Lidar is an essential component of self-driving cars, and a company by the name of Aeva believes it has something breakthrough. The company's lidar system fits in a small box and creates more vivid mapping to help a self-driving car see like never before.

The Verge reported Monday that Aeva is the brainchild of two ex-Apple engineers. Neither would admit it, but both reportedly have ties to Apple's Project Titan, what the public knows as Apple's self-driving car program. The new system's claim to fame is its ability to separate objects based on distance, whether an object is moving toward or away from it. Further, it can measure the velocity of an object, which helps predict where a car or pedestrian will move next.

Aeva co-founder Soroush Salehian said the technology isn't really a breakthrough in artificial intelligence, but rather a breakthrough in how the hardware and software work together. Aeva's product works in harmony to create more detailed mapping quicker than competitors' lidar. The tiny box also includes all of the sensors and cameras needed to understand any components within its field of vision.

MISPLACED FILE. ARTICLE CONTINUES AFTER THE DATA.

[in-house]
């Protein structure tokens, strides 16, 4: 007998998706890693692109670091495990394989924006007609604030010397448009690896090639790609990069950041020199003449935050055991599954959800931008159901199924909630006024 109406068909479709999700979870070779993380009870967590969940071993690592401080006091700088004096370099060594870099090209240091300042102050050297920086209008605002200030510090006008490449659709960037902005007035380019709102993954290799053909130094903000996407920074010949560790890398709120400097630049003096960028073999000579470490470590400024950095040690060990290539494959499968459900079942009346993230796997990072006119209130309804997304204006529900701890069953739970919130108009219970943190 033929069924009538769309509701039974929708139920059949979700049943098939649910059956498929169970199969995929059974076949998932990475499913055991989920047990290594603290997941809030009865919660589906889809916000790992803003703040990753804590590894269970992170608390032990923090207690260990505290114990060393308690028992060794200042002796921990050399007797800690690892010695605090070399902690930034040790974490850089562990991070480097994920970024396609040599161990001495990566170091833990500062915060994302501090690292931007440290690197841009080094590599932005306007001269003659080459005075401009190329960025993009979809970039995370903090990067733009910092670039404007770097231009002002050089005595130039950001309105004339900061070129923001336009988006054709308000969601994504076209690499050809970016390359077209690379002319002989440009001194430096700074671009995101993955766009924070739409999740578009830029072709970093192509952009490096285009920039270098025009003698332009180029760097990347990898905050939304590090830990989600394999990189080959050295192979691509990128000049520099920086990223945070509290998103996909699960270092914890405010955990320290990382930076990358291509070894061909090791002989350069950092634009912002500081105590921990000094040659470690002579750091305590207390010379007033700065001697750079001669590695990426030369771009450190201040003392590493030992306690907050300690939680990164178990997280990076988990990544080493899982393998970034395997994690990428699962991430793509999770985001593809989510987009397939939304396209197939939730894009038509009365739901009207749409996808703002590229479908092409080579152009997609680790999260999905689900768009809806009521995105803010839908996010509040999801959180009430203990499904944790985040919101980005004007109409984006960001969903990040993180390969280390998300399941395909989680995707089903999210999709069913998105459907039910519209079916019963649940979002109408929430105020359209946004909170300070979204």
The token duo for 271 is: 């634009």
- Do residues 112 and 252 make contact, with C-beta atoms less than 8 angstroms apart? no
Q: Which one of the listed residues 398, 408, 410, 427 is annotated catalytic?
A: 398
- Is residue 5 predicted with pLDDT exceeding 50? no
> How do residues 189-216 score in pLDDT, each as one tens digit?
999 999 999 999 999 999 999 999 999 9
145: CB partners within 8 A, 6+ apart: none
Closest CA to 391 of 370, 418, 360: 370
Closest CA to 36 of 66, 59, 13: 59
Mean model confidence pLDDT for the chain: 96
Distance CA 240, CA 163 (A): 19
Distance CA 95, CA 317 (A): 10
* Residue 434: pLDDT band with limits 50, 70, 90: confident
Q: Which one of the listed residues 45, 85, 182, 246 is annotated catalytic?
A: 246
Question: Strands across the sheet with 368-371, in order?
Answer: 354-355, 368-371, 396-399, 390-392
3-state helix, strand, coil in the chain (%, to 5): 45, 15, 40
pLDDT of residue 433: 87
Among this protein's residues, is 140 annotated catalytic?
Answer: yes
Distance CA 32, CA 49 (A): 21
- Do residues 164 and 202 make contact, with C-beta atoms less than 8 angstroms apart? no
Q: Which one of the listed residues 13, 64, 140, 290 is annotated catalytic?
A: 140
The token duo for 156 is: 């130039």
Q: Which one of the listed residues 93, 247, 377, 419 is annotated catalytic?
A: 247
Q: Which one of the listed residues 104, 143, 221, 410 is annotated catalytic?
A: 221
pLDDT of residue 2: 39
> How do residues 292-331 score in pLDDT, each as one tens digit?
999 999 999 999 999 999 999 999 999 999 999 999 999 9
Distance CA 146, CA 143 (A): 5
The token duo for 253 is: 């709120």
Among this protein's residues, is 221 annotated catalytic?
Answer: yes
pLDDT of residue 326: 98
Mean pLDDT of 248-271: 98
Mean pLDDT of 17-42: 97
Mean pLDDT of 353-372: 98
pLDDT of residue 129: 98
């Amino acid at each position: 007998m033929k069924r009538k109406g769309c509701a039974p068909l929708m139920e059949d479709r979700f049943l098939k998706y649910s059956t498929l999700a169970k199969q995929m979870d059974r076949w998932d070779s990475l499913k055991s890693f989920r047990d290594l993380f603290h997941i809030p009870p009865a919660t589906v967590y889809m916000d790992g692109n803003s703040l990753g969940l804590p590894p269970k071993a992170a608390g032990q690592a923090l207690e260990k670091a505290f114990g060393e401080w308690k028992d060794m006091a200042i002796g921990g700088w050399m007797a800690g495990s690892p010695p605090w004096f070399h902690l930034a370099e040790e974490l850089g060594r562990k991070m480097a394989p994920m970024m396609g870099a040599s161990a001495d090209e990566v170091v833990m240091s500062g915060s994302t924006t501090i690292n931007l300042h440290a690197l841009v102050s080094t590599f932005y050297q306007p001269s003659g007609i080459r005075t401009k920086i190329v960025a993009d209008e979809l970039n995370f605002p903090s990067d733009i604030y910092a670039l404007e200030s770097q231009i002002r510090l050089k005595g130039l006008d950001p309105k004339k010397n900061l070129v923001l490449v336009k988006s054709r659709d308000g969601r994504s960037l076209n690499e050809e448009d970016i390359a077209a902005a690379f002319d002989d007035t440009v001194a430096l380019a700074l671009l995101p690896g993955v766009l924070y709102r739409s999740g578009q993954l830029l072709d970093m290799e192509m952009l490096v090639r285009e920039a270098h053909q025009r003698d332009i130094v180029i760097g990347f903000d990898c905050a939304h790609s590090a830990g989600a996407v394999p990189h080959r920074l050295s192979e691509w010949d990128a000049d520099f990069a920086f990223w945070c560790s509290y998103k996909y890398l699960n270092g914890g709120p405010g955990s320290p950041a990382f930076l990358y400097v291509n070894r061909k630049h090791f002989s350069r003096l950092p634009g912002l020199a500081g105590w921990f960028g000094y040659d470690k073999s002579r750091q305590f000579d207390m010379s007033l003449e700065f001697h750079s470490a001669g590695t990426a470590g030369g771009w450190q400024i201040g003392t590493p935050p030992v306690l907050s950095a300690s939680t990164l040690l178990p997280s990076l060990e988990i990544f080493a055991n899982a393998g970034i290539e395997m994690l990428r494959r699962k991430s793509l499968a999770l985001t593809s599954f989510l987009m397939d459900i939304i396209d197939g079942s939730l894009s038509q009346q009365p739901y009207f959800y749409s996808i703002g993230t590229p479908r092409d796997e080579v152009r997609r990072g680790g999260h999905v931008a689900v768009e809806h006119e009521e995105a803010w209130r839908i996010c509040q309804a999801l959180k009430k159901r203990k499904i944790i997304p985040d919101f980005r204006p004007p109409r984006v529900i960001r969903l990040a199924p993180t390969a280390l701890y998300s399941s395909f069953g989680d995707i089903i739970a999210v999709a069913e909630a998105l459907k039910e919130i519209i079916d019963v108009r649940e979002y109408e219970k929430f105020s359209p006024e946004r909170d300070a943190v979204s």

Thus, Aeva's "4D" lidar doesn't operate like any typical system. While other lidar systems send out pulses of light to measure distance, Aeva's uses a continuous laser light to gather data more quickly. The system can then process the data quickly without need for something secondary to process light pulses, then make a decision. The company's system does a lot of the heavy lifting up front for quick response times without an AI system to analyze things. Those who choose to implement Aeva's technology will need to provide their own AI system.

Aeva's technology is unlike anything currently, and the company is banking on that competency. The startup announced $45 million in funding opening today and even shared that it has received interest from some automakers. Said unnamed automakers have begun taking the Aeva lidar sensor into account for next-generation commercial vehicles. However, the company wouldn't share which companies at this time.